Music City Baroque Presents “Tracing Tennessee’s Musical Roots” at the Loveless Barn
“Tracing Tennessee’s Musical Roots”:Baroque Fiddling Project II at the Loveless Barn – Monday, April 16, 2012 at 7:30 p.m.: Loveless Barn, 8400 Highway 100, Nashville – Music City Baroque offers a continuing exploration of popular classical and fiddle music and dance from the birth of our country to the pre-Civil War era. Works celebrate such historical figures as Thomas Jefferson, Benjamin Franklin, General Marquis de Lafayette, Davy Crockett, Andrew Jackson, and Ole Bull, as well as one of Nashville’s most celebrated composers of the early 19thcentury in the fiddling Mecca of the Loveless Barn.
DATE and TIME: Monday, April 16, 2012 at 7:30 p.m.
PLACE: Loveless Barn, 8400 Highway 100, Nashville, TN 37221
PROGRAM: Baroque Fiddling Project II: “Tracing Tennessee’s Musical Roots”
Will Griffin, narrator
Instrumentalists of Music City Baroque and eight period dancers
Tammy Rogers King, Laura Ross, Karen Clarke, Rebecca Cole, fiddles/violins
Chris Stenstrom, cello
Murray Somerville, harpsichord
Francis Perry, guitar and theorbo
Terri Richter, soprano
Bill Wiggins, drums
AnnaGee Harris, production
TICKETS: $15 in advance, available online at www.muscicitybaroque.org, and $18 at the door
INFORMATION: www.musiccitybaroque.org, 850-264-9293
Did you ever wonder what the difference is between a violin and a fiddle, or wonder how deep “roots music” actually goes? Then you need to join Music City Baroque as it journeys back in time with “Tracing Tennessee’s Music Roots” at the Loveless Barn on Monday, April 16 at 7:30 p.m. Building on its 2010 first foray into the relationship between fiddling and Baroque violin playing with the Baroque Fiddling Project I, the ensemble of fiddlers/violinists and other assorted instrumentalists will play music from the time of Jefferson, Franklin, and King George III to the popular tunes of the 1840s. Joining the ensemble will be eight dancers who will demonstrate popular reels, quicksteps, jigs and minuets set to fiddle tunes. Presiding over the show will be WPLN host Will Griffin, who will help narrate the story of the passage of fiddling from Colonial days through the brink of the Civil War.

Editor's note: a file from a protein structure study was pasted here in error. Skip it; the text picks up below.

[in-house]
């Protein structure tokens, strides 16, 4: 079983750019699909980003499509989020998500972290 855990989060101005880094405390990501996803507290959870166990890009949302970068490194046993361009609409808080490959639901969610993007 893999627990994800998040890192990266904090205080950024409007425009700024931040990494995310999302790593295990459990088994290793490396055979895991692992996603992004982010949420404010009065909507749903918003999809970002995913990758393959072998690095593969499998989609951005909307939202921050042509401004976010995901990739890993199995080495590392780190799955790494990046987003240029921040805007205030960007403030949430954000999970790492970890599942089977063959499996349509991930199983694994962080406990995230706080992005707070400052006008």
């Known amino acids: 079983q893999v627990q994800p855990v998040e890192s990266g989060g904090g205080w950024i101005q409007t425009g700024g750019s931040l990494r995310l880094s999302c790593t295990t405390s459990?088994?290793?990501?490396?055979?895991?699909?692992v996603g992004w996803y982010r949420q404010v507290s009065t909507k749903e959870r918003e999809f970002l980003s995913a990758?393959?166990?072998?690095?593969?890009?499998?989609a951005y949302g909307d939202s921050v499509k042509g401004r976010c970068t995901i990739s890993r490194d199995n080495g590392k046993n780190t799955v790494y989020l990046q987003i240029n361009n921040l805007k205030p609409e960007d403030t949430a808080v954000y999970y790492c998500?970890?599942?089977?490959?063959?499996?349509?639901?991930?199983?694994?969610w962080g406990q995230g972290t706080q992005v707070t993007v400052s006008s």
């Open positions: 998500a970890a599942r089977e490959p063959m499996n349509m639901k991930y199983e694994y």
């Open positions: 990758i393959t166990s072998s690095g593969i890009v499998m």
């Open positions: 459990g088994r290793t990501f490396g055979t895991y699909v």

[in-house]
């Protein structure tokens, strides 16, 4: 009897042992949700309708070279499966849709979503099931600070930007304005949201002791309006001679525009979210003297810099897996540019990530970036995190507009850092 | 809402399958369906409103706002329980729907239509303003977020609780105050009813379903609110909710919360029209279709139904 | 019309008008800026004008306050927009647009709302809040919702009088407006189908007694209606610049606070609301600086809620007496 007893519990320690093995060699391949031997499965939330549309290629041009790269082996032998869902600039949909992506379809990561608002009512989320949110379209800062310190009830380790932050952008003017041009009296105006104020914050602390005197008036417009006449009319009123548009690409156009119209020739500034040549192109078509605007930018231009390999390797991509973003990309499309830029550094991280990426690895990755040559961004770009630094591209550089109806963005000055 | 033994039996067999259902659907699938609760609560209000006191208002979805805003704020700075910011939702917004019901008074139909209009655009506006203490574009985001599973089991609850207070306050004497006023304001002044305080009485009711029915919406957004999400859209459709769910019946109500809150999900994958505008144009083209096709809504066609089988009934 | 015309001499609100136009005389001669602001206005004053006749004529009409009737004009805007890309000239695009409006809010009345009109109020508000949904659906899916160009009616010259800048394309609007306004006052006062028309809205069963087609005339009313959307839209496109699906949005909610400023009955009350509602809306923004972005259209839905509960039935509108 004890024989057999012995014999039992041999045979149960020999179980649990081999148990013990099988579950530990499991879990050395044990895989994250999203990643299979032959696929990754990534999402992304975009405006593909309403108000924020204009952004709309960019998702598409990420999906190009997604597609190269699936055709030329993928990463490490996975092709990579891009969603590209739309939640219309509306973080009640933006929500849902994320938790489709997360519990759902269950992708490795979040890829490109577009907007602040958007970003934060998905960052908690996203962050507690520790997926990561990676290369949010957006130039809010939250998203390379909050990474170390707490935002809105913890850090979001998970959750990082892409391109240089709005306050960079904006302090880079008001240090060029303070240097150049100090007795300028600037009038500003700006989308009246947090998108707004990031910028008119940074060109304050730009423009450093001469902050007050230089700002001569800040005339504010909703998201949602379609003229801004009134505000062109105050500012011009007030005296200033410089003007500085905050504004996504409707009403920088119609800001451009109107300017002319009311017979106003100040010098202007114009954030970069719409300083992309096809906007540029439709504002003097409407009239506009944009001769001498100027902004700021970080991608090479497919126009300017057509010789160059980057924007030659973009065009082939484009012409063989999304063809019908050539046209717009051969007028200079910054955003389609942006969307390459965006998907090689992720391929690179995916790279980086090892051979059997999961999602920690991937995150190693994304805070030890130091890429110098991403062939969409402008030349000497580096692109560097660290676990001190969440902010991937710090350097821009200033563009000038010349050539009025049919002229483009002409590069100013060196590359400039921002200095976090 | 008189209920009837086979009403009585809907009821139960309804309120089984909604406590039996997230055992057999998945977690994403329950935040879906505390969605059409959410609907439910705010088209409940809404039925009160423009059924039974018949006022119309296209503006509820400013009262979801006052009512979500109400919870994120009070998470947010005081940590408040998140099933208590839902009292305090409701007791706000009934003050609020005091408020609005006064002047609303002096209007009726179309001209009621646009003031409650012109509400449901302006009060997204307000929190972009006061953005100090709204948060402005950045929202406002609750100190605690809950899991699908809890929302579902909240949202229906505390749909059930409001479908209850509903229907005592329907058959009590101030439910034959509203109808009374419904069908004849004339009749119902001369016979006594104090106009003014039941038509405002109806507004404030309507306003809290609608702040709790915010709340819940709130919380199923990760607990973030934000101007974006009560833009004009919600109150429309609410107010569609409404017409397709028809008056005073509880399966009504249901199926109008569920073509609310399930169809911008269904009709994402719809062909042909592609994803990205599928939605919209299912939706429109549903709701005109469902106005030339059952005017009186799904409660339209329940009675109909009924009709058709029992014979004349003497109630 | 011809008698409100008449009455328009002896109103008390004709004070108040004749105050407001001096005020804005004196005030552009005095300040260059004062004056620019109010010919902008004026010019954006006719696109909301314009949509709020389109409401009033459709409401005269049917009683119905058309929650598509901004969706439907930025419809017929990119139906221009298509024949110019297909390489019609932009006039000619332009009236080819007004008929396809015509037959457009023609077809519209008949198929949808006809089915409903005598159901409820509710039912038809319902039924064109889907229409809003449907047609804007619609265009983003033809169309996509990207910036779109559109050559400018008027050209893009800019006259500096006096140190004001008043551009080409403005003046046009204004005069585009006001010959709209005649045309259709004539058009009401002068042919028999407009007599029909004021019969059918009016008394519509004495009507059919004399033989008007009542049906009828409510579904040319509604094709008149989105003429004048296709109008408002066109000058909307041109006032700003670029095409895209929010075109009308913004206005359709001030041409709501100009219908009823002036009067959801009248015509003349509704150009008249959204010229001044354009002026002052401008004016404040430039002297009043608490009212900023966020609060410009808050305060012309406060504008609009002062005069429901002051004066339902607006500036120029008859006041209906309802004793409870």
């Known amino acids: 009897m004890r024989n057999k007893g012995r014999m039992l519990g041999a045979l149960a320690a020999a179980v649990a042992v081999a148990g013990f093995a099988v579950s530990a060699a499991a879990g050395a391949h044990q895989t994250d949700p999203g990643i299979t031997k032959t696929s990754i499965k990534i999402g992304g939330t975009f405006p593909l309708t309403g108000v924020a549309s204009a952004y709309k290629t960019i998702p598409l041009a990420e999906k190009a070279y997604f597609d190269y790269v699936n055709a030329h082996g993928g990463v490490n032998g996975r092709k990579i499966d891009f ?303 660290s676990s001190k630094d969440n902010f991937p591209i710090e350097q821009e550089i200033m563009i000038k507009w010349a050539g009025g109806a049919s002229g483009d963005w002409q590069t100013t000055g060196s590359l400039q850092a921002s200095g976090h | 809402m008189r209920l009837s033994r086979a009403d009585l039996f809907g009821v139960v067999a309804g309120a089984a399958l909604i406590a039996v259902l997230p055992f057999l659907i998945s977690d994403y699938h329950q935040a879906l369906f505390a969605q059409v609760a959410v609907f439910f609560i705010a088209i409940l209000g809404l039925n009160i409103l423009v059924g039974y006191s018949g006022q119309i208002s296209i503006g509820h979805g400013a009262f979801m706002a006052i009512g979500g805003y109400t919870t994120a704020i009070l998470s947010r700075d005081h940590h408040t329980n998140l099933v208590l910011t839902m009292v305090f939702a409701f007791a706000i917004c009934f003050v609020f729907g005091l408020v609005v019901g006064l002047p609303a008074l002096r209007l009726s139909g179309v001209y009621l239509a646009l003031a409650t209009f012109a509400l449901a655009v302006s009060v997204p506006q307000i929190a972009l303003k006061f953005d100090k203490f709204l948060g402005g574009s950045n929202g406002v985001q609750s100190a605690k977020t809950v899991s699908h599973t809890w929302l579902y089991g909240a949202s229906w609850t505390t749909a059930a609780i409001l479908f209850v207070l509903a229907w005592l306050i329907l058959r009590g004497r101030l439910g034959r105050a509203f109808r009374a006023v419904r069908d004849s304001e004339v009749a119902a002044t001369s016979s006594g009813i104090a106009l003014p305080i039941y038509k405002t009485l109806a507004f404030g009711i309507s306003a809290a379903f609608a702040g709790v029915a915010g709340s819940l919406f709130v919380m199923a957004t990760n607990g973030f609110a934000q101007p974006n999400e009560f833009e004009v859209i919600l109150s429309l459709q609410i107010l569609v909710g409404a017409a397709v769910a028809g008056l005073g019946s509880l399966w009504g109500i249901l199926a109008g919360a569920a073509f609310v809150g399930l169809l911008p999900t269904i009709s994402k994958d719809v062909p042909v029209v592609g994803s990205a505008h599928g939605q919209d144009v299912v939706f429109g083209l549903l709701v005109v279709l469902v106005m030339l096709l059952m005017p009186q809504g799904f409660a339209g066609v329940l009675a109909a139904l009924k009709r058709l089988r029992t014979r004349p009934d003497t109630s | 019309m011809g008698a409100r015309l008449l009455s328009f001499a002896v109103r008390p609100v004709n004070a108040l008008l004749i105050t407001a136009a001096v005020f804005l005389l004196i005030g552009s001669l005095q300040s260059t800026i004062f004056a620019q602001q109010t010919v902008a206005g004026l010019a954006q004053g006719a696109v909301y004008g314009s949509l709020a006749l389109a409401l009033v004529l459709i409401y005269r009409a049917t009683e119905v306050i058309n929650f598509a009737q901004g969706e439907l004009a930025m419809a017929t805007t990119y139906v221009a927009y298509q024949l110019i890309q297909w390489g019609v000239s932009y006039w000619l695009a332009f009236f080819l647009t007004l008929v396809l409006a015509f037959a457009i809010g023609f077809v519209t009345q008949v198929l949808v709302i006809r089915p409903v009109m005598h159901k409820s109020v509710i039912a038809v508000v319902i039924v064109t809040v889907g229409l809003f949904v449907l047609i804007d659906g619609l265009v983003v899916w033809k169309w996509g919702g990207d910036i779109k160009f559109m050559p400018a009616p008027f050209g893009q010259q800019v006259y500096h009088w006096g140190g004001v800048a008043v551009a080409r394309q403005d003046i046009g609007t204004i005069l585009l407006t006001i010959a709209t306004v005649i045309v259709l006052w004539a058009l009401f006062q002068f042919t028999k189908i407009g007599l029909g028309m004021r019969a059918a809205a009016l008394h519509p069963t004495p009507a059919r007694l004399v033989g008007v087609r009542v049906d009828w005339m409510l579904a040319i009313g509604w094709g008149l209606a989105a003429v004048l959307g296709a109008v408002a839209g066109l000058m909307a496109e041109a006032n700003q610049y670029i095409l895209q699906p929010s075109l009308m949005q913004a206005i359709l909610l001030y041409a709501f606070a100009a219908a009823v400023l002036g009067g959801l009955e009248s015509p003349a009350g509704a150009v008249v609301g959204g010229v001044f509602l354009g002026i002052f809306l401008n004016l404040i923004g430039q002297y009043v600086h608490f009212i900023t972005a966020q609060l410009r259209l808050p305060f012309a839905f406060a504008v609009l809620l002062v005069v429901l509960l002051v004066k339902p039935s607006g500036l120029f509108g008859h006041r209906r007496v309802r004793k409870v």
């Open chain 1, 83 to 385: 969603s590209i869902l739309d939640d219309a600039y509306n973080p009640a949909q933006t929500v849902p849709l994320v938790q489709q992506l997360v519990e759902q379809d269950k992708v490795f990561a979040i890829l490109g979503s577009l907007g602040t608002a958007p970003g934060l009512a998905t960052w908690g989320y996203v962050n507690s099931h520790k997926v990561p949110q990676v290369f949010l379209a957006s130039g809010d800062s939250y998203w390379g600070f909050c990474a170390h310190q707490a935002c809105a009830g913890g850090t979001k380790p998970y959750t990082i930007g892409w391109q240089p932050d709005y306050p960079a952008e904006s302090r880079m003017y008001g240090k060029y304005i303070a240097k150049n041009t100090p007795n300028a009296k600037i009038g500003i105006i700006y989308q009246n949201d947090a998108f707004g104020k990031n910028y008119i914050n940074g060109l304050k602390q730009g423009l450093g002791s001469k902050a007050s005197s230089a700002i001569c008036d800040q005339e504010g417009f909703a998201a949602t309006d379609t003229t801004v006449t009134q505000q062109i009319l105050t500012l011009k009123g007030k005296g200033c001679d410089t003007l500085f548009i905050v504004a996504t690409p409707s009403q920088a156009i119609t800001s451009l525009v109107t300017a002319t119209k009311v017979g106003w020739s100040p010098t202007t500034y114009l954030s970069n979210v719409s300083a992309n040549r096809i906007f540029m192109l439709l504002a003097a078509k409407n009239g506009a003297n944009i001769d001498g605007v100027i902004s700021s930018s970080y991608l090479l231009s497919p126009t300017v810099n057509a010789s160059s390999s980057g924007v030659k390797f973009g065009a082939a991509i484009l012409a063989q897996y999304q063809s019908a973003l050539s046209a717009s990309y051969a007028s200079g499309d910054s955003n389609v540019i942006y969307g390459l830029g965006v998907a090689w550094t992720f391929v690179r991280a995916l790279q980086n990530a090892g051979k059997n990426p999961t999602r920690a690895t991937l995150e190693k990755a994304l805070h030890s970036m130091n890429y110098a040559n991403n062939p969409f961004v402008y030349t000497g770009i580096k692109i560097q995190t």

The Baroque Fiddling Project, first presented in 2010, was recognized as “Best Classical-Folk Collision” in Nashville Scene Best of Nashville 2010. The Fiddling Project was also recognized with a four-page story in Early Music America (Winter 2011).
Background research and composition of “Tracing Tennessee’s Musical Roots” was undertaken by Music City Baroque members Laura Ross, violinist and a member of the Nashville Symphony, and Tammy Rogers King, fiddler/violinist, faculty member at Belmont University, and fiddler alongside such artists as Reba McEntire, Wynonna and Emmy Lou Harris. Offering advice and guidance was fiddling authority Dr. Dale Cockrell, director of the Center for Popular Music at Middle Tennessee State University, one of the outstanding archives of popular music in the nation.
The Baroque Fiddling Project II: “Tracing Tennessee’s Musical Roots” is supported by a grant from the Tennessee Arts Commission, and by Music City Baroque supporters.
Music City Baroque, now ending its eighth season, offers ensemble and chamber music of the 17thand 18thcenturies played on period instruments, in the style the composers would have expected, so that their music may be heard in all its original color and passion. Recognized by Nashville Scene in its Best of Nashville 2011 edition as “Best Early Music Group,” MCB’s performers are drawn from members of the Nashville Symphony and faculties of the schools of music at Vanderbilt, Belmont and MTSU.
“The musicians played throughout with grace, taste and unfailing sensitivity … Every note was played with sincere feeling.” -- ArtNowNashville